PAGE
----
Cynthia Vest Kinkead has rested alone beneath a white headstone in her family’s large burial plot near the east entrance to Plattsmouth’s Oak Hill Cemetery ever since her death, in 1910.
She’s about to get some company in that lonely patch of grass.
Later this month, her husband, Civil War veteran Benton Kinkead, will be laid to rest beside her — just a few weeks after the unlikely discovery of his cremated remains in a Seattle funeral home 105 years after his death.
It’s believed he will be the first Civil War soldier buried in Nebraska in almost 75 years.
Kinkead, an Army private, fought for the Union forces to save the divided country more than 150 years ago, and was wounded in battle. On Oct. 30, he’ll finally be buried with full military honors — the folded flag, the bugled taps, the rifle salute — honored by veterans whose grandparents weren’t yet born when he performed his patriotic duty.
“He’s a veteran. He’s going to get a proper burial,” said Kermit Reisdorph, an Air Force veteran and former Plattsmouth American Legion commander, who is helping plan the event.
Bill Kinkead, 65, of Duvall, Washington, was stunned to get a call from Nebraska earlier this month about the discovery of the remains of a great-grandfather he barely knew existed. He is probably Benton Kinkead’s closest living relative.
“Well that’s interesting!” Bill Kinkead said of the discovery. “I think he deserves to be put to rest. It’s kind of interesting that he hadn’t been.”
Nebraska was still a territory when rebels fired on Fort Sumter, South Carolina, to kick off the war in April 1861. More than 3,500 of its inhabitants served in the Union Army, and 239 of them died.
At least 100,000 veterans settled in Nebraska after the war, lured by the prospect of “free” land in the Midwest thanks to the Homestead Act. An estimated 20,000 of them are buried here.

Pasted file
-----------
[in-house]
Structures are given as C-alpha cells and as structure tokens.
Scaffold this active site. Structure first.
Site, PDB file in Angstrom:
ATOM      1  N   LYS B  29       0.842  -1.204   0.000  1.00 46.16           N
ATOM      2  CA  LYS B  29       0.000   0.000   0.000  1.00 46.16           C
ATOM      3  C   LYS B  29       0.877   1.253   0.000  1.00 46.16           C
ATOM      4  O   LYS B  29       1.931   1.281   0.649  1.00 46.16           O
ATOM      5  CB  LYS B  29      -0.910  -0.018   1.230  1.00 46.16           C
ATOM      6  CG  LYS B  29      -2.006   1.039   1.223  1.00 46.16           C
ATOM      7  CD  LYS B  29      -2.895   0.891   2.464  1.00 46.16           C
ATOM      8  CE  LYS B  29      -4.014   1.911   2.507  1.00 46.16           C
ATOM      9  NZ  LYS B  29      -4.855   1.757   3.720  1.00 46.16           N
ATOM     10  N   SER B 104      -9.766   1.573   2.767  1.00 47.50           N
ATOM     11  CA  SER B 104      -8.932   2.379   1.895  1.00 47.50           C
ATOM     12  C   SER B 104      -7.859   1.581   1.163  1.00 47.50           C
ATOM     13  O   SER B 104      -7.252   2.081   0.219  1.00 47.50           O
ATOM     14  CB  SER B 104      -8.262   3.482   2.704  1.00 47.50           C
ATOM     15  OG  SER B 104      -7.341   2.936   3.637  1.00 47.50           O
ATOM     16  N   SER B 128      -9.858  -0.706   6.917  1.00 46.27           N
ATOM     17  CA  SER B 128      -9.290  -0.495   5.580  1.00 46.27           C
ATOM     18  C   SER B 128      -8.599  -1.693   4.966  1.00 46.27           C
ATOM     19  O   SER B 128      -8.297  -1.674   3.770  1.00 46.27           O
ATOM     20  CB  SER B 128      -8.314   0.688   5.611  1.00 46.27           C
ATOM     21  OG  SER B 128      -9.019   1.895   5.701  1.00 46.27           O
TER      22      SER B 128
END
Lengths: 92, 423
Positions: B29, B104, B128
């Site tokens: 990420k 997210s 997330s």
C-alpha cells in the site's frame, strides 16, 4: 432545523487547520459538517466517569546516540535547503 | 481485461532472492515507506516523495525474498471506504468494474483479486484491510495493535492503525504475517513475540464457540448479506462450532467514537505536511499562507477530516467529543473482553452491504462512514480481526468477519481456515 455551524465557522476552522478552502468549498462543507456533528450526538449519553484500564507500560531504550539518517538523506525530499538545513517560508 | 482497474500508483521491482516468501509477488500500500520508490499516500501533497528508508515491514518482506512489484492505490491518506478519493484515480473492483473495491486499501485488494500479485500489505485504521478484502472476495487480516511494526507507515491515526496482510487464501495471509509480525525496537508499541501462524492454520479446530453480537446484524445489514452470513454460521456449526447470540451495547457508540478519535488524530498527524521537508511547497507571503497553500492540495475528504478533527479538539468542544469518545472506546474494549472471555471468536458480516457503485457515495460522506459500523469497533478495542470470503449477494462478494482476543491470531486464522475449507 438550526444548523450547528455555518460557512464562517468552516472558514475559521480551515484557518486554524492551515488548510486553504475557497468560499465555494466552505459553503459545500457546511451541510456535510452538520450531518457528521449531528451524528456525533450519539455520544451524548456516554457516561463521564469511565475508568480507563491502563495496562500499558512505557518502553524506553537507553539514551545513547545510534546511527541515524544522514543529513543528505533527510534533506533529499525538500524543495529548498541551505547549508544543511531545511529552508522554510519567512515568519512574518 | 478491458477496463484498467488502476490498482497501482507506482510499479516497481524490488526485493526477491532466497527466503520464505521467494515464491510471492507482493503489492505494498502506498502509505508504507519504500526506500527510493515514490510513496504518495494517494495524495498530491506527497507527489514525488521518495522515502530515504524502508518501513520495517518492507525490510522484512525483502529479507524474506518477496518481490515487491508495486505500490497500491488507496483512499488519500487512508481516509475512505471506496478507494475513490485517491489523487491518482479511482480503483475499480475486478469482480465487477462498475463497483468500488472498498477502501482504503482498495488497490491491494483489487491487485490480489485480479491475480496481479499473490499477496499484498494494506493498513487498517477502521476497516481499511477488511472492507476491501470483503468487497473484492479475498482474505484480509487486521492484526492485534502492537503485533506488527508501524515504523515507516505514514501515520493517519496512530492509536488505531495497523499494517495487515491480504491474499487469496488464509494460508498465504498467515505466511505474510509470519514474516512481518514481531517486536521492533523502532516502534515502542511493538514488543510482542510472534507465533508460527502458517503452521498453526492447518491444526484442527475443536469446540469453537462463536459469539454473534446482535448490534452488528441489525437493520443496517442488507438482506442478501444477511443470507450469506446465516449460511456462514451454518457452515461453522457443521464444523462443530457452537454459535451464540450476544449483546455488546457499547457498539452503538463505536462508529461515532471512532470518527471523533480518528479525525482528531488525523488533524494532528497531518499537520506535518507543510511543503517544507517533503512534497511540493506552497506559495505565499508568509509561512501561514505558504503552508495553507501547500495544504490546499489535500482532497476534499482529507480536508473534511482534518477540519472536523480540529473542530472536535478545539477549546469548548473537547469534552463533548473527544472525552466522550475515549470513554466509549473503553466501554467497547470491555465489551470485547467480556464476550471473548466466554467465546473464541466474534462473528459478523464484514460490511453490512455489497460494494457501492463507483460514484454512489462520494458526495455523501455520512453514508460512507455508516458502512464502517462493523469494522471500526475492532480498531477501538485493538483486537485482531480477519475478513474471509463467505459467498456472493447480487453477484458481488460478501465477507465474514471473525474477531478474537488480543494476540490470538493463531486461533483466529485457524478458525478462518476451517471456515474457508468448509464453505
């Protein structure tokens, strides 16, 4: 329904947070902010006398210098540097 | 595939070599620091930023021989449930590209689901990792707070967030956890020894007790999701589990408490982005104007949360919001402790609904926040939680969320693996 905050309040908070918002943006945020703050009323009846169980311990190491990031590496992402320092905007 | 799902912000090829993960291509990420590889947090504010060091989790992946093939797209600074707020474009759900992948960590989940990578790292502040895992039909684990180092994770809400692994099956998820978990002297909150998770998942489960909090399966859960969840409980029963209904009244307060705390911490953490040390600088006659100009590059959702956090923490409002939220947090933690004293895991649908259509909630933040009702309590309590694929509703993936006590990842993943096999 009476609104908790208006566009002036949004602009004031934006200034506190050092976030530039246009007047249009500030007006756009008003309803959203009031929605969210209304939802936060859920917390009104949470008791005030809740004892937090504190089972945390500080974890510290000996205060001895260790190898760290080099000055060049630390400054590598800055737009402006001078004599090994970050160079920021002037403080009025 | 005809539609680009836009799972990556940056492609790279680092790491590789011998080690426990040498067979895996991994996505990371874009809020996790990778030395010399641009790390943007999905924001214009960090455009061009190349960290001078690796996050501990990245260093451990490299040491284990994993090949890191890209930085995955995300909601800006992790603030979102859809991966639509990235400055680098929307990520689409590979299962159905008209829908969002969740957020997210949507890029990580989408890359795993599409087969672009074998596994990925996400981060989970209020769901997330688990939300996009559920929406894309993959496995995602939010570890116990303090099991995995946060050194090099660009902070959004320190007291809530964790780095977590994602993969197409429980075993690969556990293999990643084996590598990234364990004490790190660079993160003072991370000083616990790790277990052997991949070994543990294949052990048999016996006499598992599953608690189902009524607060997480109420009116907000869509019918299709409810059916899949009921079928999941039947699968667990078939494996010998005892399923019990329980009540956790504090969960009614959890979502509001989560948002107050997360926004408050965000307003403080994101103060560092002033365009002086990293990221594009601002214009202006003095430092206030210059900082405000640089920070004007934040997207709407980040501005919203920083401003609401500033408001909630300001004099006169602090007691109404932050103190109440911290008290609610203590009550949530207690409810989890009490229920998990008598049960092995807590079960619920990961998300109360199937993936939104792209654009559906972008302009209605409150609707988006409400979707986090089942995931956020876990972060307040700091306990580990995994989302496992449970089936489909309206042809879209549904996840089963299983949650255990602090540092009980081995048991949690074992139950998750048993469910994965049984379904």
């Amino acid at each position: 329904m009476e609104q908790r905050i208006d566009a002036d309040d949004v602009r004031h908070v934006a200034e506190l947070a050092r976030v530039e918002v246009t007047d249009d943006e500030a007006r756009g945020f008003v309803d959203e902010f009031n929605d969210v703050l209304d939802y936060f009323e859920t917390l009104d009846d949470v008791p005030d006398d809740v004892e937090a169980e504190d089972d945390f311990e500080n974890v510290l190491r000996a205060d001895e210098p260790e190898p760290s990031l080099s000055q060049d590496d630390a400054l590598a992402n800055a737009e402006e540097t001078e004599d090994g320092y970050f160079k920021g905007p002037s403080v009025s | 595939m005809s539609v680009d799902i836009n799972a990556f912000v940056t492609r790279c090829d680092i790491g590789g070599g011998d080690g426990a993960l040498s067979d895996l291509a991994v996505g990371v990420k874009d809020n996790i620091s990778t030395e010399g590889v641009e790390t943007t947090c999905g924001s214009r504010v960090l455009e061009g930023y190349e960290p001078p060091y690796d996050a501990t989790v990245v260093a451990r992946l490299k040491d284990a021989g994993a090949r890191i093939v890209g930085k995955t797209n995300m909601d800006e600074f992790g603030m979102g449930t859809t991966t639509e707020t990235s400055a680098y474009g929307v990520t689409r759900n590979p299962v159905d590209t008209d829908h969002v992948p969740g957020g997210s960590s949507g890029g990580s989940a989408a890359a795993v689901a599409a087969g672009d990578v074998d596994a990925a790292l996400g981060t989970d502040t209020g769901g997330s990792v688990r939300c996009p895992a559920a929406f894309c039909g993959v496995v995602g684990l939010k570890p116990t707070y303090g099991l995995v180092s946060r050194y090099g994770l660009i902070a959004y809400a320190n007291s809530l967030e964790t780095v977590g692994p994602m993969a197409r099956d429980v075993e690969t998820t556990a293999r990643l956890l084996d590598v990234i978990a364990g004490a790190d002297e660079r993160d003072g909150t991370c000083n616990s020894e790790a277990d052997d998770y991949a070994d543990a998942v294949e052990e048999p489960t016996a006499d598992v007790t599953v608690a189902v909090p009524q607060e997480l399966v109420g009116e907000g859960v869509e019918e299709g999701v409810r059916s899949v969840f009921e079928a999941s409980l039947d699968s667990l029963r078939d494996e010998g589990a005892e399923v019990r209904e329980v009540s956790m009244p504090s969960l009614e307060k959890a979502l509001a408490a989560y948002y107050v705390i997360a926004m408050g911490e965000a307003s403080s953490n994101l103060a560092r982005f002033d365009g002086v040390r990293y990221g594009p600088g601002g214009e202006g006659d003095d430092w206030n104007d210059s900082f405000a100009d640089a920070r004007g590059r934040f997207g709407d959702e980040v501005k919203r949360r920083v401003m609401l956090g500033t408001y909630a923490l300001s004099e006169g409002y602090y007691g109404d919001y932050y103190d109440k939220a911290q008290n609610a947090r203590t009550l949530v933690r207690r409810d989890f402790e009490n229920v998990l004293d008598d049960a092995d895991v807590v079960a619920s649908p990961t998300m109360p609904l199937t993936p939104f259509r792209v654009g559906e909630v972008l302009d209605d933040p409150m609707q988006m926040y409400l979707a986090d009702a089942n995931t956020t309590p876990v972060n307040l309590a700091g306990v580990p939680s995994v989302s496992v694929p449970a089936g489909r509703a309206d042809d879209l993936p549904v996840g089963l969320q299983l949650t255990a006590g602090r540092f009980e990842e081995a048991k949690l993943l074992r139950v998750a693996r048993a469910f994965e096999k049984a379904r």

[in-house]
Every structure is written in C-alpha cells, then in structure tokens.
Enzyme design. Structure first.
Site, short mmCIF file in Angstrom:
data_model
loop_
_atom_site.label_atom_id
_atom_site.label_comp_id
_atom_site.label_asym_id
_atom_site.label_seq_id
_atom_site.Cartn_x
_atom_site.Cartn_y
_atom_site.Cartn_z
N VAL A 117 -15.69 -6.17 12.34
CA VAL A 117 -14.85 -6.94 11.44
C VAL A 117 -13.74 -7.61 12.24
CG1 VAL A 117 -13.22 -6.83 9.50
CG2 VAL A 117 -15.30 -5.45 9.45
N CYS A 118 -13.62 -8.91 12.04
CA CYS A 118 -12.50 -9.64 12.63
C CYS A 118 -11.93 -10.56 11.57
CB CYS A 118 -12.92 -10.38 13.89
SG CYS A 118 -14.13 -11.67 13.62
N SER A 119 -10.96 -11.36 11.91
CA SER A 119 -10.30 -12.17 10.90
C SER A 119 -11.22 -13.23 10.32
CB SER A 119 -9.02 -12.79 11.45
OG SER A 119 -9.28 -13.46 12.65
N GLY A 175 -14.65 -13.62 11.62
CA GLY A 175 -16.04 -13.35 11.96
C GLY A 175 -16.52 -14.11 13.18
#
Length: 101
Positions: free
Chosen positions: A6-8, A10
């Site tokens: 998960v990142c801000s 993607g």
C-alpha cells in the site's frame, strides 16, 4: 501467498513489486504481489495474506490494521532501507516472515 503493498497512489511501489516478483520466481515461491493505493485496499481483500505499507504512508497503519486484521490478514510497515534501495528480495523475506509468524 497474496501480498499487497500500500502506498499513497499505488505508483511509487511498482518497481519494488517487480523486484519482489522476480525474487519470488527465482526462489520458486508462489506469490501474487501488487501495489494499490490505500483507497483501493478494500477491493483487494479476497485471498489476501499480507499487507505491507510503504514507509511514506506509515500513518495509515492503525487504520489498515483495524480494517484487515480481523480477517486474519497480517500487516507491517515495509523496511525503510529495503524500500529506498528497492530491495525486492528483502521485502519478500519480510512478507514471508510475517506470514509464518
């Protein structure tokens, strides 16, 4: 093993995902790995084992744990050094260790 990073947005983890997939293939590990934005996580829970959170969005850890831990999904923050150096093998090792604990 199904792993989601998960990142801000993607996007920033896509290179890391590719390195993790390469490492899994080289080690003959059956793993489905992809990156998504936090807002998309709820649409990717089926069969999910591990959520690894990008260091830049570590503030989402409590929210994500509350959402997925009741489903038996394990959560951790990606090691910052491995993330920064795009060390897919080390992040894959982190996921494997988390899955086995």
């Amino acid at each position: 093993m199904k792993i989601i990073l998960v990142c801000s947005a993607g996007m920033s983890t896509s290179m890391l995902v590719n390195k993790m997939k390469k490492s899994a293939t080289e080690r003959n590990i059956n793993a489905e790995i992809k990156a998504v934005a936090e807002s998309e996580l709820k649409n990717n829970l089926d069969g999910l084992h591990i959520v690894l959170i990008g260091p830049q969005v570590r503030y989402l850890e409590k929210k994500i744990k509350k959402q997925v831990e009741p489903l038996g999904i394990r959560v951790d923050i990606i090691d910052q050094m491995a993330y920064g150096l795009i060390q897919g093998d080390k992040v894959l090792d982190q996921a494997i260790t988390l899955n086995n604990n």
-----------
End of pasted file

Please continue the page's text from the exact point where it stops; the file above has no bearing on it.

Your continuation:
“Ashes from the Civil War, bones brought back from Vietnam — they all deserve it,” said John Surman, department commander for the Sons of Union Veterans of the Civil War in Nebraska and the Dakotas. “It is their blood that guaranteed the freedoms we have.”
Plattsmouth historian Harlan Salyer has pieced together the journey that brought Benton Kinkead from his native Ohio to Nebraska, and back again more than a century after his death.
Kinkead was born Feb. 1, 1845, and grew up on his parents’ farm in rural southeast Ohio. He enlisted in Company D of the 77th Ohio Infantry Regiment in October 1861, along with his brother, Julius.
Benton almost certainly lied about his age, since he was only 16.
No details of their individual service have survived. But Kinkead’s unit took part in the battle of Shiloh, in Tennessee, April 6-7, 1862. It was the bloodiest battle in American history at that point.
The 77th Ohio spent a year guarding military prisoners in Illinois, then returned to action in late 1863 and early 1864. The regiment was nearly obliterated in the battles of Marks’ Mills and Jenkins’ Ferry, Arkansas, in late April 1864, when most of its soldiers were killed, wounded or captured. It saw no further combat during the war.
According to a family history, Kinkead was taken prisoner at Marks’ Mills and released two months later. A Confederate bullet shattered his left ankle, a wound that would trouble him for years. He and Julius left the Army in December 1864 when their enlistments expired.
After the war, Kinkead became a house painter in McArthur, Ohio, not far from his parents’ farm. He married Cynthia there in November 1871.